Innovation in public administration is Prof Hofisi’s motto
It was Albert Einstein who said: “If at first, an idea is not absurd, then there is no hope for it.” Prof Costa Hofisi from the Faculty of Humanities of the North-West University’s (NWU’s) campus in Vanderbijlpark fully agrees with this statement. During his recent inaugural lecture, he argued the value of such “absurd” ideas, namely innovation, to be utilised in bettering public administration.
Prof Hofisi explained that innovation is of vital importance to the public sector, and that it could bring much needed customer centricity and efficiency to the service delivery realm.
He also added that it could raise responsiveness and lower costs, while delivering a personalised service, which as a whole will certainly see to improved customer experiences. “Innovation is absolutely necessary for effectiveness and efficiency of the public sector,” said Prof Hofisi.
Types of innovation
The concept of innovation can mean many things. Prof Hofisi explained that innovation may occur on product, service, process and strategic levels, as well as in governance, rhetorical and system interaction. All of these fields represent ways in which innovation can bring about dramatic change.
Prof Costa Hofisi with members of the academic procession at his recent inaugural lecture. In the front row from left are Prof LB Mzini, Prof MC Masige, Prof C Hofisi, Prof LA du Plessis and Ms N Lembethe. In the back row from left are Prof L Vermeulen, Prof S Coetzee-Van Rooy, Past H van Wyk and Prof E van Eeden.
Prof Hofisi put forward that citizen-centred policy formulation and implementation, as well as long-term planning, will go a long way towards fostering innovation in the public administration sector. Another important consideration is the role of leadership within the sector. Senior management needs to be involved and the political leadership must be appreciative and supportive.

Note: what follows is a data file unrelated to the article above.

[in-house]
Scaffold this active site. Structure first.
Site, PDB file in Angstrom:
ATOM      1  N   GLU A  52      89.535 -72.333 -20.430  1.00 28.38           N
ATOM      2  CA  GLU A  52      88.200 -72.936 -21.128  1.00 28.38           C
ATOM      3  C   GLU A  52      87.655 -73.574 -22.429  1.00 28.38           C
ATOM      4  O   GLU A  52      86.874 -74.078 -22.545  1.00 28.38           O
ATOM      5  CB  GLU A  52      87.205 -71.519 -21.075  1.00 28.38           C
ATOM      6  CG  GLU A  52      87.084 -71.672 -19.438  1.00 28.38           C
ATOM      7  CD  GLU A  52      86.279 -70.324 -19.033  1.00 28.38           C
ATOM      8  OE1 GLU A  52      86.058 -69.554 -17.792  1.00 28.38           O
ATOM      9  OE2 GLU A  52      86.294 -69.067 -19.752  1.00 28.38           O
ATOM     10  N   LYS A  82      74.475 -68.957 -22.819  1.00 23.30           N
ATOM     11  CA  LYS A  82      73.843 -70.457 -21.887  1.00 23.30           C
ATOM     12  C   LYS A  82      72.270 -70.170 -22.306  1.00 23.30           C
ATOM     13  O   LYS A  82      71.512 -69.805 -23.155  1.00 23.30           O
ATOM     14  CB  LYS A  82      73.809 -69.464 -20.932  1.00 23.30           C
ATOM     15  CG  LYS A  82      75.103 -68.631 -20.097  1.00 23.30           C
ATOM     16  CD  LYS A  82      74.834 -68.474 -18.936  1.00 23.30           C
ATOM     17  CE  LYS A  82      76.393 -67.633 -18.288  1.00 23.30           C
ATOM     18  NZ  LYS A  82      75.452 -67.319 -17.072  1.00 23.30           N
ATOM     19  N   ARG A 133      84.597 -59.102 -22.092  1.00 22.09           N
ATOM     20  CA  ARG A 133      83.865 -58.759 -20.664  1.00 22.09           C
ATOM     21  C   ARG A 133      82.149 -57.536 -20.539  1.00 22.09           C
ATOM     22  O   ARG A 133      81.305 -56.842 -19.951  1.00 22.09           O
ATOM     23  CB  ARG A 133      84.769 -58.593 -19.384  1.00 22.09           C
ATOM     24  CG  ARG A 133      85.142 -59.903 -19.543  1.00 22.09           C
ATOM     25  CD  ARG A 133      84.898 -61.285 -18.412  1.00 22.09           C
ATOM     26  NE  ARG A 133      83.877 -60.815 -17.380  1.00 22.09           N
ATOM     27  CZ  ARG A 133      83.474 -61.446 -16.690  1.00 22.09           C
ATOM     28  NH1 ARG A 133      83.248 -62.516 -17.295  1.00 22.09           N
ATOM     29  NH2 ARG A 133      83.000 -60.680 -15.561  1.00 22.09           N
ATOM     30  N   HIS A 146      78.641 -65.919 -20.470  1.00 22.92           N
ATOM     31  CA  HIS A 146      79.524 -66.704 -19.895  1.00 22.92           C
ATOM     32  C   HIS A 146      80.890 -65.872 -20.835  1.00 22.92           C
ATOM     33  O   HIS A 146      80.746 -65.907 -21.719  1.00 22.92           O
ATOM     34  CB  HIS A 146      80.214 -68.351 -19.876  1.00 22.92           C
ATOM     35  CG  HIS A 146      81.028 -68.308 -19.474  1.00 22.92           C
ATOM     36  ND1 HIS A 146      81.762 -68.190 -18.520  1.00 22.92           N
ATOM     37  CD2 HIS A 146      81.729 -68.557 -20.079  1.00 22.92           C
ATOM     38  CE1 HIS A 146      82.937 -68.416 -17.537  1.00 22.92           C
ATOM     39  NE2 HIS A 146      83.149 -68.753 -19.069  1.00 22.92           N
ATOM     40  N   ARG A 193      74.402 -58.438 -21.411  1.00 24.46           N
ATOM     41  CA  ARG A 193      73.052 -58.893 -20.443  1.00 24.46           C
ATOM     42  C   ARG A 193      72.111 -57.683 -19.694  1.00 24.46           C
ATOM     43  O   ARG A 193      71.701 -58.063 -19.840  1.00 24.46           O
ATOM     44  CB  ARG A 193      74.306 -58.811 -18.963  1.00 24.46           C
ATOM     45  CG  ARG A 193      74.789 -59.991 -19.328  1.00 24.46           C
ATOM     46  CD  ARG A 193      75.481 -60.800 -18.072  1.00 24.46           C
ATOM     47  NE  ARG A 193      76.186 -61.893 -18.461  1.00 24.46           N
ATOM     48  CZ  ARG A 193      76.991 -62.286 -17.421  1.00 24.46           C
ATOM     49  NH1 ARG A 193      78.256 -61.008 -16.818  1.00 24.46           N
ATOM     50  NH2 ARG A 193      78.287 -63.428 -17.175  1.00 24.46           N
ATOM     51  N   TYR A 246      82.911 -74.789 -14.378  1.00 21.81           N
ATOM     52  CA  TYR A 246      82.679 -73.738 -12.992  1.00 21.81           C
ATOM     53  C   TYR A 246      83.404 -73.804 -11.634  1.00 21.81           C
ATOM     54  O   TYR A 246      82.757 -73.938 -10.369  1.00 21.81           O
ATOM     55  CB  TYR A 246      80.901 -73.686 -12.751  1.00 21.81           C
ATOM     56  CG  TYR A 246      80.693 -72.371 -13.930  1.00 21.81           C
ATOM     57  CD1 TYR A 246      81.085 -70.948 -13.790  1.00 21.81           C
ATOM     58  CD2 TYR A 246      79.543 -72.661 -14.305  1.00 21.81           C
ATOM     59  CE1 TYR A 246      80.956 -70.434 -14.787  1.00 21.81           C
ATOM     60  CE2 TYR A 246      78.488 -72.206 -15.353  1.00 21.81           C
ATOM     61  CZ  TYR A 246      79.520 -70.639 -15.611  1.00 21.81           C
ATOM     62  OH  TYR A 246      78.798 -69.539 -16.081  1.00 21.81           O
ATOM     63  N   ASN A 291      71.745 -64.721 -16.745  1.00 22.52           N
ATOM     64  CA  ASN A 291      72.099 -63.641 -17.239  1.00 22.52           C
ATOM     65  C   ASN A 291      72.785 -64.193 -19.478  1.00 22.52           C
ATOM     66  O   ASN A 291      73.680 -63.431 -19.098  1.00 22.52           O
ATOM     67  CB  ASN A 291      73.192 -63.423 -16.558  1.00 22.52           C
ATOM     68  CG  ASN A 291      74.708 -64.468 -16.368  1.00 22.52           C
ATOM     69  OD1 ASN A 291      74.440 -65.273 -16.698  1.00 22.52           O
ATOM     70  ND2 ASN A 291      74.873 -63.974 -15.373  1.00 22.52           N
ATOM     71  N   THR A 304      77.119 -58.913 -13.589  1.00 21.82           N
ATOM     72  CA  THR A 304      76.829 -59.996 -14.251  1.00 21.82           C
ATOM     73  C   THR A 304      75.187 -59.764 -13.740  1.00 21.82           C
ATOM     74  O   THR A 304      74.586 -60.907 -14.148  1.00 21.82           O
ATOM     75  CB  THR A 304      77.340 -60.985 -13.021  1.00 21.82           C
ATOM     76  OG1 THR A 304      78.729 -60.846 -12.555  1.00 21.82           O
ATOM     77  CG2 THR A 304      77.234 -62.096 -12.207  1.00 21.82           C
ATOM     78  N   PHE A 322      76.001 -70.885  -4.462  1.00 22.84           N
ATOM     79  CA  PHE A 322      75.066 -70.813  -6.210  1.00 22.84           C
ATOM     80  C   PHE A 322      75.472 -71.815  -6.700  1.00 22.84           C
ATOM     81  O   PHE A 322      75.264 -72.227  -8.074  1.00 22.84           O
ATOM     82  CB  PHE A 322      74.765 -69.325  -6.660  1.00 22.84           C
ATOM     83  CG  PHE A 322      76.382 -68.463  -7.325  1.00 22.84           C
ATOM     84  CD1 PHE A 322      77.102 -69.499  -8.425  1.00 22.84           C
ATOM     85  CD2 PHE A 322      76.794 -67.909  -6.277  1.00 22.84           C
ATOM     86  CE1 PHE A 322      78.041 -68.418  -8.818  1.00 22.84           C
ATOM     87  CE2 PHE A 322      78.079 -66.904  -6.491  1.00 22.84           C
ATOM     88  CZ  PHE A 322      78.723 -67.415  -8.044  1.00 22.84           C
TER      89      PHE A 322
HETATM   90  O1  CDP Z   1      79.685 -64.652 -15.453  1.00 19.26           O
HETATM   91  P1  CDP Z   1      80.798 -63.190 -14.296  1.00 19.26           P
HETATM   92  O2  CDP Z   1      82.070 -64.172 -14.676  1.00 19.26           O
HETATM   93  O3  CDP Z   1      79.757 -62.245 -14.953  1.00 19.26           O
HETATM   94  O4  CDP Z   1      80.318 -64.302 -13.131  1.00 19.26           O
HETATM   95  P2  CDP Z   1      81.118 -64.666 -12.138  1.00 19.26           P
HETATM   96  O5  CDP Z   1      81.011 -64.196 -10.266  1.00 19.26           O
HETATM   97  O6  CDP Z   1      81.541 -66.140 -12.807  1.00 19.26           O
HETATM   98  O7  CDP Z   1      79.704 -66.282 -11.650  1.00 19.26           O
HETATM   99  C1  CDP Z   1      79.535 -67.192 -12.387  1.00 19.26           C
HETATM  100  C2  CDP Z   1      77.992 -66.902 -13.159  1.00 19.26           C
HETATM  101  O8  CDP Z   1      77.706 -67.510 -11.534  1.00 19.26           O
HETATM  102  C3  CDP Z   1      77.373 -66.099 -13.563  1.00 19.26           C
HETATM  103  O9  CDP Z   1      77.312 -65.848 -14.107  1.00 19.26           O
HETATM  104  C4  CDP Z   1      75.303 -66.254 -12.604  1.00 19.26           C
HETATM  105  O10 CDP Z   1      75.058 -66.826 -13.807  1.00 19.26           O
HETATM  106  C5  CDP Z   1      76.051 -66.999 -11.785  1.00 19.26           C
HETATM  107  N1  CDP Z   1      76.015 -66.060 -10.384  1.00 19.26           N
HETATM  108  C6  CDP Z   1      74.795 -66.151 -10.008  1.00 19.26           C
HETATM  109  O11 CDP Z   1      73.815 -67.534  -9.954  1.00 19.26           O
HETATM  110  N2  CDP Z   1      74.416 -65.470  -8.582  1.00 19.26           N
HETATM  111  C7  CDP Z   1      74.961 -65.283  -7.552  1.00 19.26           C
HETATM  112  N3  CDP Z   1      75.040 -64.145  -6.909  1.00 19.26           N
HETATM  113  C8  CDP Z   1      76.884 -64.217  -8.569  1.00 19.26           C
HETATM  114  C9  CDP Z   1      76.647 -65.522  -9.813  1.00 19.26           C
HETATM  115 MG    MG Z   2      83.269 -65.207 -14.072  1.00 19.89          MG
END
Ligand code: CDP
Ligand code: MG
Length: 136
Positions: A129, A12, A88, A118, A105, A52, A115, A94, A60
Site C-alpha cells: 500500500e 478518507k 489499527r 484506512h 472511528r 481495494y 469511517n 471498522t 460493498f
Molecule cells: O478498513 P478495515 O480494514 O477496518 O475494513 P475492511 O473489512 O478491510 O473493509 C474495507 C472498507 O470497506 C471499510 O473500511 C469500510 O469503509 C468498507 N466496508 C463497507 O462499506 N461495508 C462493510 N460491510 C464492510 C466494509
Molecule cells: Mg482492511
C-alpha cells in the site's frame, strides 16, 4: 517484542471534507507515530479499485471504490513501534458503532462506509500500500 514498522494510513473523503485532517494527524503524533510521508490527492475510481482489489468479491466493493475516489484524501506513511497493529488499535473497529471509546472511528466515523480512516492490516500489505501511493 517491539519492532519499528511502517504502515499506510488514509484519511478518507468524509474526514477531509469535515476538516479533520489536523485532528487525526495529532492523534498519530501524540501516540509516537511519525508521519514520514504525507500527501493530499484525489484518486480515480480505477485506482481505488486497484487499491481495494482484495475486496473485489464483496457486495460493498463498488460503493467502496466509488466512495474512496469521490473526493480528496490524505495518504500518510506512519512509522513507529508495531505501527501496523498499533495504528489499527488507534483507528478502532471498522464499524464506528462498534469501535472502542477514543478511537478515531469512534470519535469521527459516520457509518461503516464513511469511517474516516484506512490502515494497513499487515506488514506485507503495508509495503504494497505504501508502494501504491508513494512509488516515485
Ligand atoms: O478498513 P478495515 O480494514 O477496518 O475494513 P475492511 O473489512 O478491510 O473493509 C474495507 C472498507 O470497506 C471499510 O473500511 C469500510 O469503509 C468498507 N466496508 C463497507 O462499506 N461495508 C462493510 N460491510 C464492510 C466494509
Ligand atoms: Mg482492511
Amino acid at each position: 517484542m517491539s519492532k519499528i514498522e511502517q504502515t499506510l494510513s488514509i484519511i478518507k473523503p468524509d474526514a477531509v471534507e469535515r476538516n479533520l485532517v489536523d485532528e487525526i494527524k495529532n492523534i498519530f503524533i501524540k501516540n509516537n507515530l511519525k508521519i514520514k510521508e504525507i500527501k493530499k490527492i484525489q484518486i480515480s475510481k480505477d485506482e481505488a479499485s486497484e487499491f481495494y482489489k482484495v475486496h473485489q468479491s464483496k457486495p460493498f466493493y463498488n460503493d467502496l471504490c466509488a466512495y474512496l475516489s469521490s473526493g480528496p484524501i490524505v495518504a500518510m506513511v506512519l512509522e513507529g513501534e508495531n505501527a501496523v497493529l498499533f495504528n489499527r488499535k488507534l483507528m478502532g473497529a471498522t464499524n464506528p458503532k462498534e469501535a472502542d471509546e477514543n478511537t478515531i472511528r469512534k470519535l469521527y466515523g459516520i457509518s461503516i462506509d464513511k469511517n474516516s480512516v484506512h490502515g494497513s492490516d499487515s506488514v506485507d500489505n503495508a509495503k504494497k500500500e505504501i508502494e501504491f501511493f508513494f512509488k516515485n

The design of the organisation and process also contributes to the fostering of innovation. An organisation which is strong and vested must be created to ensure customer centricity and a connected government. Technology is instrumental for ensuring transformation, but it is only a means to an end. He said that People and Culture also has an important role to play, inculcating a culture of citizen centricity and building internal capacity, while focusing on talent management.
Weak enabling factors or unfavorable framework conditions, a lack of innovation leadership at all levels, as well as a limited knowledge and application of innovation processes and methods all contribute to a culture that is not conducive for innovation. Innovation within public administration will result in new and improved ways of improving public value.
More about Prof Hofisi
Prof Hofisi holds a PhD and master’s degree in public administration, an honours degree in politics and administration, a postgraduate diploma in higher education and training and another postgraduate diploma in monitoring and evaluation.
He is also a certified assessor and moderator, and has more than 10 years’ experience in teaching, research and postgraduate supervision. He is a member of the editorial team of the Journal of Public Administration. He has been contracted by the new National School of Government to develop modules and facilitate the delivery of modules for various national and provincial government departments.